Minari Review



Chris Tun, Staff Writer

While there were a limited number of releases during the pandemic, some films were able to be shown at the Sundance Film Festival during January 2020. Amongst the few films lucky enough to be screened was the Lee Issac Chung film “Minari”. The American film has been nominated for a variety of awards, including a historical nomination for Steven Yeun, the first Asian American to be nominated for the Academy’s leading actor category.

The film was the fifth directorial credit for Lee Issac Chung, who started off his career with the film “Munyurangabo” in 2007. Graduating from Yale University with a degree in biology, he changed his career after taking a class in world cinema. He would write “Minari” in 2018, which was somewhat based on his own childhood.

The film’s cast consisted of Korean and American actors. Steven Yeun, previously known for his role on “The Walking Dead,” was one of the main actors in the film. Han Ye-ri and Youn Yuh-jung, the latter getting an Academy nomination for her role in the film, are mostly known for their roles in Korean popular films. The film were the breakout roles for child actors Alan Kim and Noel Kate Cho.

During the film, the pacing of the story and cinematography clearly shows Lee Issac Chung’s influences in how he directed the film. For “Minari,” it is clear that he was influenced by Eastern cinema, more specifically, those familiar with Taiwanese arthouse cinema may be reminded of the director Hou Hsiao-Hsien and his more meditative form of directing in the film “The Time to Live and the Time to Die.” Shots idle throughout the film, allowing the audience to take in the brash greens of Arkansas and dramatic stares between actors. Whenever the sun appears in the film, the digital film camera seems to take in its rays, giving the cinematography a yellowish, nostalgic feel. Each shot seems to praise the natural environment of Arkansas, like how Yeun’s character views his farm with prideful optimism.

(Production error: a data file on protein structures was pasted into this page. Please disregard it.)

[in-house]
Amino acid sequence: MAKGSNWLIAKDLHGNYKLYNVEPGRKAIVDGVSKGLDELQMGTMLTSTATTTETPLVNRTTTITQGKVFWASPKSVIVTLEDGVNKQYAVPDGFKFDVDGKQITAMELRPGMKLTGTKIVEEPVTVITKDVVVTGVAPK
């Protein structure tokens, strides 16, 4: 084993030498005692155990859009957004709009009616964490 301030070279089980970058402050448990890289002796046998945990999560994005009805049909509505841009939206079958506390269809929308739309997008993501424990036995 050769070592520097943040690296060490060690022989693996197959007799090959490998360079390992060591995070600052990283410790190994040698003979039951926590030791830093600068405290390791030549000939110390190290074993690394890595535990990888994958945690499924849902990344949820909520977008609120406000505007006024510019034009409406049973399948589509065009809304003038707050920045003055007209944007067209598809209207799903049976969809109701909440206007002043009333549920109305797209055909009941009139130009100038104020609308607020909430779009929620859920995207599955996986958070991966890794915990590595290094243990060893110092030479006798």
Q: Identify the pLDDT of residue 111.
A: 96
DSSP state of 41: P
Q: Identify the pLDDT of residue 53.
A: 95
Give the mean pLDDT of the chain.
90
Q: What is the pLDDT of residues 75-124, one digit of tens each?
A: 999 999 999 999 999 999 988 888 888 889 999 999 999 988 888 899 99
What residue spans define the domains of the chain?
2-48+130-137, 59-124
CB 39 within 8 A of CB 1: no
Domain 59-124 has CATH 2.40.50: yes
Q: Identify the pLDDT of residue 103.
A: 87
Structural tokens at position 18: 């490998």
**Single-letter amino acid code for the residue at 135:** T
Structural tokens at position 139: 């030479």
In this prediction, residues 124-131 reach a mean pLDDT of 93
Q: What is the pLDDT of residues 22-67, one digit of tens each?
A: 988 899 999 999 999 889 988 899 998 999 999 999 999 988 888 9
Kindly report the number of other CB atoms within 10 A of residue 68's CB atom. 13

The story is structured like a traditional family drama with Chung getting influenced from the book “My Ántonia.” The dynamic between characters is powerful, which is clearly the outcome of a well-written screenplay and performances from the ensemble. Youn Yuh-jung’s memorable role as the grandmother deserved the Academy’s nomination. Her ability to be both an energetic and inappropriate inhabitant of the farm as well as a caring and sentimental grandmother showcases her acting skill. Overall, the performances are powerful in the film, striking emotional chords.

With any excellent film comes a soundtrack that matches its quality. Emile Mosseri did an outstanding job creating a soundtrack that creates a feeling of nostalgia and awe against the Arkansas landscape. Previously creating soundtracks for other greats films like “The Last Black Man in San Francisco,” Mosseri incorporates elements in his musical tracks that can make a powerful scene even more memorable.

The film was enjoyable to watch, but more importantly it tells a truly unique American story. It profoundly captures the experiences of immigrants in America trying to create a life for themselves, though with trials and tribulations. As a whole, it is definitely worth watching.